Buy this and/or other Christy Moore albums at the Salut! Live Amazon link by clicking anywhere on this caption
Salut! Live likes its series. Some take off, and I cannot begin to explain how gratifying it is to see Cover Story receiving so many hits; others attract little interest and quickly peter out.
Looking back over the archive - a quick scroll down the column on your right opens up Salut! Live's 10-year-old history - I came across a couple of early articles about Christy Moore's appearance on BBC Radio 4's Desert Island Discs.
It gave me the idea of finding out whether other people from the folk world have served as guests of this fine radio series. I have asked the BBC, mentioning a few of the names that occur as possible past candidates, and will make my own search. I may extend it to people who have chosen great folk tracks to take with them, along with The Bible, The Complete Works of Shakespeare and maybe a case of Champagne into Robinson Crusoe exile.
But let's get the series rolling, whether it leads anywhere, with Christy, whose appearance produced just the sort of conversation with Kirsty Young that he and I have had on a few occasions. I am delighted to say a recording of the broadcast survives and you will find a link in the footnote.
Let me repeat the way I introduced the story back in 2007, followed by Christy's choice:
It used to be considered evidence of acquired respectability, since only the great and the good were supposed to be invited. Then the BBC started scouting around for any old riff-raff, provided they'd made a bob or two, to come on air and choose the records, favourite book and luxury they'd take to their Desert Island.
But thank goodness they've gone back to the old standards. An upcoming guest on Desert Island Discs will be our old friend Christy Moore.
I wondered whether Christy would choose anything by his old mate from early days slogging around the English folk clubs, the late and much lamented Tony Capstick.
The reason I ask is that news of the broadcast takes me back to one of my earlier encounters with Christy, and my only one with Tony.
"Shildon 2202," I said, answering the phone just as I was about to get ready for the Sunday evening folk club I co-founded and ran at the Aclet, a big pub on the outskirts of Bishop Auckland. The previous week's experience, when Christy had been our scheduled guest but failed to show, made me fear the worst: it would be Tony saying he was stuck in Sheffield.
It wasn't Tony. It was Christy. He'd arrived at Darlington station - I am at a loss to remember whether coach or railway station - and would I please come and pick him up.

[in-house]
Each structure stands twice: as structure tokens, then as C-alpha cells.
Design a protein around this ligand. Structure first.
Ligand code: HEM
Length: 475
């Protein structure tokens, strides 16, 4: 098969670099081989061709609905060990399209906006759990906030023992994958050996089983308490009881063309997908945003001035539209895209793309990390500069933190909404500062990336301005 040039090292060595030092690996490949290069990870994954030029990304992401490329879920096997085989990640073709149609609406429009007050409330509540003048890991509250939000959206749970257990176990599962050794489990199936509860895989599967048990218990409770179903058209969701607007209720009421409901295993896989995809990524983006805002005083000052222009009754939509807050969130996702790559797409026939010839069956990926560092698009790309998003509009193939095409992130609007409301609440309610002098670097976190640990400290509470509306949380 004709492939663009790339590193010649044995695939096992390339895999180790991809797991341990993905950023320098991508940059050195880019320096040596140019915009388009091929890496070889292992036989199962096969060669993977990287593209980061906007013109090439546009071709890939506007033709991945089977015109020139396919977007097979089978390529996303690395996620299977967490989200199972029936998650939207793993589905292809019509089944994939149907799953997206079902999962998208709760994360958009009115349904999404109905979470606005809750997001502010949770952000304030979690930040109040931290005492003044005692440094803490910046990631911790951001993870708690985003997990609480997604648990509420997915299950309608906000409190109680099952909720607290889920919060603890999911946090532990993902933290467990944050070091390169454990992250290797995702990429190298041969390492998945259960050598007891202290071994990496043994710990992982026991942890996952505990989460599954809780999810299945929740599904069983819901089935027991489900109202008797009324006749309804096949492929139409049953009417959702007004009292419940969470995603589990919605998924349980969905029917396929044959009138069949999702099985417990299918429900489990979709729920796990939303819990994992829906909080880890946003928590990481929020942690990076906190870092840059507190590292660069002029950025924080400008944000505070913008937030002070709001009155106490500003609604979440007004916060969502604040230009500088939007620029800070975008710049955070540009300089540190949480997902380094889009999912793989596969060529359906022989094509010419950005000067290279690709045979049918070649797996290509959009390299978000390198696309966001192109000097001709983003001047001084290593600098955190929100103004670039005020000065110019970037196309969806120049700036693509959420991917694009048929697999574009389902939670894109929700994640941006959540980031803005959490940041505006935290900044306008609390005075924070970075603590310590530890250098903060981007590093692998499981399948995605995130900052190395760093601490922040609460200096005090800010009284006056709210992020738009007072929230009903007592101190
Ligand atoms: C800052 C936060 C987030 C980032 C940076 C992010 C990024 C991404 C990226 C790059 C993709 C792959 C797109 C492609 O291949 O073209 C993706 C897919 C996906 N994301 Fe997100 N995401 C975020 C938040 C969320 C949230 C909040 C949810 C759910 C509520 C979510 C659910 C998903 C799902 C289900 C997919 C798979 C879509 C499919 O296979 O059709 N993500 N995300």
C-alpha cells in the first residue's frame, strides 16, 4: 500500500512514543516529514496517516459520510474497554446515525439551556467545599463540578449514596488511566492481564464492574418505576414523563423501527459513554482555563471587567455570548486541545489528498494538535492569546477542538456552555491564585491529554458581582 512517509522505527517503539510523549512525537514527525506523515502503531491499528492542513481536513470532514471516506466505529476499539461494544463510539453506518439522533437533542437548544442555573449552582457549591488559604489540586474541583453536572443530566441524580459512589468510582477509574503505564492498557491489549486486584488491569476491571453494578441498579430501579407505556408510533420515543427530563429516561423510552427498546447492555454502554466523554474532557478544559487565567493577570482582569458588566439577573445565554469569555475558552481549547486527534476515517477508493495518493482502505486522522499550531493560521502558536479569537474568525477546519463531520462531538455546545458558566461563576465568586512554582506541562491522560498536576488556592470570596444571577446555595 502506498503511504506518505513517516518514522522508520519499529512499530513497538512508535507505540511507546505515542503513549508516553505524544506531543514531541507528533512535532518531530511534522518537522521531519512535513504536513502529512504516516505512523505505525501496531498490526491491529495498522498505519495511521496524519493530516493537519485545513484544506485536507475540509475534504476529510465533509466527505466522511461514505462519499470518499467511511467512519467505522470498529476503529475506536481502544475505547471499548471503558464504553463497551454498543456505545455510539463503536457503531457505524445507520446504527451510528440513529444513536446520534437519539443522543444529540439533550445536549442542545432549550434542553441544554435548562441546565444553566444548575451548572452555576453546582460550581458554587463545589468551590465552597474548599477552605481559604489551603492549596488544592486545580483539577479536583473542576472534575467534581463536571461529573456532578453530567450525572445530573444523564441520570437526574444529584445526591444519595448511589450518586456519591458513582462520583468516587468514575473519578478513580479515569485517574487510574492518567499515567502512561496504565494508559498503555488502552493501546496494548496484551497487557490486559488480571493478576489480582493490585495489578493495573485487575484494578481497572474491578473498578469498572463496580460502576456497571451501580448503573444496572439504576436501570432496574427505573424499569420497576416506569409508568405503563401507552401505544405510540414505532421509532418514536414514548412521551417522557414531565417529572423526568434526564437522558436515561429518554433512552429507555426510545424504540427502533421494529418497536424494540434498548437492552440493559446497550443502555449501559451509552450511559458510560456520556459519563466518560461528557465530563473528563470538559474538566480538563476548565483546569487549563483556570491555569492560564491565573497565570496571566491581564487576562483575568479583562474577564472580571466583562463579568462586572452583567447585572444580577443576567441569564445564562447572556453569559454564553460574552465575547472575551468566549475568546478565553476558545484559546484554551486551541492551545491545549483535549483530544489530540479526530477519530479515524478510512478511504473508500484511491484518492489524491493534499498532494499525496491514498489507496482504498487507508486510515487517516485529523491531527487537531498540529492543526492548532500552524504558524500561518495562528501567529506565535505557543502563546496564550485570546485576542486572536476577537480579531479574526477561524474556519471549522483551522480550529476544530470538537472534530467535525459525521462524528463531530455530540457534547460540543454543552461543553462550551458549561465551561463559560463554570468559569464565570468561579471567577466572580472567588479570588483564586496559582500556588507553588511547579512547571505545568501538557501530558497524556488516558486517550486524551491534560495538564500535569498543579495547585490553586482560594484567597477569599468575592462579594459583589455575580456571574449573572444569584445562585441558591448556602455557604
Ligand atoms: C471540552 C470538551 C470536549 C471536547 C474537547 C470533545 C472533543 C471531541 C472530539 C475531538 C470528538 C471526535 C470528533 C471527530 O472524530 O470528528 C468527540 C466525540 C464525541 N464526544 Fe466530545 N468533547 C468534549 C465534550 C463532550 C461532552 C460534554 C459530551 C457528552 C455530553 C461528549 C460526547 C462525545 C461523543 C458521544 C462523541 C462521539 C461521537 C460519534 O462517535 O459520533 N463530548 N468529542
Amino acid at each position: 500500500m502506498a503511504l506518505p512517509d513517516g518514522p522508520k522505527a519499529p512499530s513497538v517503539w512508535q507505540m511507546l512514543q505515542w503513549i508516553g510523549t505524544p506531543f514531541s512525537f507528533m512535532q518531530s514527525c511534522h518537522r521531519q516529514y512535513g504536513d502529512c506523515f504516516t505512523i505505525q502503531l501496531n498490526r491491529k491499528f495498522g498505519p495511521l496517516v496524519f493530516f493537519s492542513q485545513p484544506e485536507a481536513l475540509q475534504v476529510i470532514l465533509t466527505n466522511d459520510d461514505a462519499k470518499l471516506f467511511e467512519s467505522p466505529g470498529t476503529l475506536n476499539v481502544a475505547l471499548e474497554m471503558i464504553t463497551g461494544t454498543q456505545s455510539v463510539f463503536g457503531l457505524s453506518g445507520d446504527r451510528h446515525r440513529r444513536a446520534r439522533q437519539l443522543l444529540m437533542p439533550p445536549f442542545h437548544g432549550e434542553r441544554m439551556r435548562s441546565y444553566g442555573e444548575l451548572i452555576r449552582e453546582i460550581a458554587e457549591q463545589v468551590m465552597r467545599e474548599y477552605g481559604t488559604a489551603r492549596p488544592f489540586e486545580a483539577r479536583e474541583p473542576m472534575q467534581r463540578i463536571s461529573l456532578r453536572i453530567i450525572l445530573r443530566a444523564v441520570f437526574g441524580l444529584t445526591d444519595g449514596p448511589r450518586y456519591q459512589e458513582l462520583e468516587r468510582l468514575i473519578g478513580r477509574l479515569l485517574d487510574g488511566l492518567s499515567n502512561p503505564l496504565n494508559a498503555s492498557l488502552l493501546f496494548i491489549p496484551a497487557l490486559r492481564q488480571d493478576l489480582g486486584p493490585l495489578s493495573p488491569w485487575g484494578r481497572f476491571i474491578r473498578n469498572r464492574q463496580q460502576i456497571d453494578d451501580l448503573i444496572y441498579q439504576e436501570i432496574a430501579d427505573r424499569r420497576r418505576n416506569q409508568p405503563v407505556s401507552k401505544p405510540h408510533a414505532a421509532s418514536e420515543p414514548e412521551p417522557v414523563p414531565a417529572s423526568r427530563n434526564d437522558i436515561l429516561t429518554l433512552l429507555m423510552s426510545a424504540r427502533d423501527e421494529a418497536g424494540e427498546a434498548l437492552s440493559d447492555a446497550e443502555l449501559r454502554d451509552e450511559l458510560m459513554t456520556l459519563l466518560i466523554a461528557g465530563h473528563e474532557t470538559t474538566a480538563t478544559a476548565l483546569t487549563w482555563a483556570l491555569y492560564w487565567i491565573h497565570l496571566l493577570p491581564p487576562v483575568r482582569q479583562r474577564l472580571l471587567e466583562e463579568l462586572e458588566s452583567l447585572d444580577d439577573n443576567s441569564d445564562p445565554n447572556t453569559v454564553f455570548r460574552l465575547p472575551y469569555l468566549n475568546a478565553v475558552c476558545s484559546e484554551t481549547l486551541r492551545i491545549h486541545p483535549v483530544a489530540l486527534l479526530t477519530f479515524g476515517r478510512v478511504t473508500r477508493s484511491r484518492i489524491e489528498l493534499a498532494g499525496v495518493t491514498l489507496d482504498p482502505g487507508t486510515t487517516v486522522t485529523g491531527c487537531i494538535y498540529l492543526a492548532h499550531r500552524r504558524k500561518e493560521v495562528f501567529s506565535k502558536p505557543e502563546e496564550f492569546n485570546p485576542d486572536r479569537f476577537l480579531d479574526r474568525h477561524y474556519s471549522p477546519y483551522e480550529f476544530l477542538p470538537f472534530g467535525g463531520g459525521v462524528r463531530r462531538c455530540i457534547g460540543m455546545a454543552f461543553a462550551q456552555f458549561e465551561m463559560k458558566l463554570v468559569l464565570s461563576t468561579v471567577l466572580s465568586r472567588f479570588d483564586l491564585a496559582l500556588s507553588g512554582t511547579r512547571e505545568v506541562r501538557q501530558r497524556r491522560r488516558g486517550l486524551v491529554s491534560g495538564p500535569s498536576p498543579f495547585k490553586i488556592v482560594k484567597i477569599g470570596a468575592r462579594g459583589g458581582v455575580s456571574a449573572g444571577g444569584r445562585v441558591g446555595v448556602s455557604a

No one will ever know who had messed it up. Bookings were often made several beers into an evening at someone else's club. Christy's diary said one date, mine the previous week.
The deal we reached was simple. We'd put up our prices for a double bill and hope for the best, with Christy pocketing everything beyond Tony's fee.
It worked a treat. From memory, no one had to endure my strangled attempt at High Germany that night, or be asked to applaud the shortcomings of other floor singers. We just had beginning-to-end class from two of the greatest entertainers I have ever witnessed on the folk circuit. See the compere Bill Taylor's comment below - says it all.
There was, mercifully, a bumper crowd, so no problems on the cash front, and it rests in the mind as one of the grandest live music experiences of my life.
These were not prissy times, and Christy was a long way from becoming the sober man we know today. Everyone, performers included, drank steadily through the evening. The perk for organisers and artists came in the form of free drinks during the stoppie-backie time as we cleared up the room.
Somehow, we got home in one piece. I have no illusions about the dangers of drink driving so will draw a veil over quite how this was achieved.
Christy and Tony then proceeded to drink my father's cocktail cabinet dry. We're talking 1970-ish County Durham here, so this was not a feat beyond the reach of an enthusiastic drinker. I recall few details, but can be sure that a fairly appalling array of tipples, from rum and Ruby wine to Babycham, was duly polished off.
And they both looked fine next morning. My father, on the other hand, didn't; I can only hope that in time he came to understand that his son had merely acted in the same professional way, looking after his artists' interests and needs, that he would have done as secretary of his workingmen's club.
And this is what Christy chose:
1 Ave Maria
2 A Stitch in Time
Christy Moore (live)
3 Lonely Boy
4 Brennan On the Moor
The Clancy Brothers and Tommy Makem
5 Taimse Im’ Chodladh
Rec No: 79035
6 Joe Hill
7 The Joy of Living
Ewan McColl and Peggy Seeger
8 The Raggle Taggle Gypsy
One Record Taimse Im’ Chodladh
Book Collection of Popular Songs of England & Scotland –Francis Child
Luxury A set of Uillean Pipes
* Listen to Christy on Desert Island Discs at this link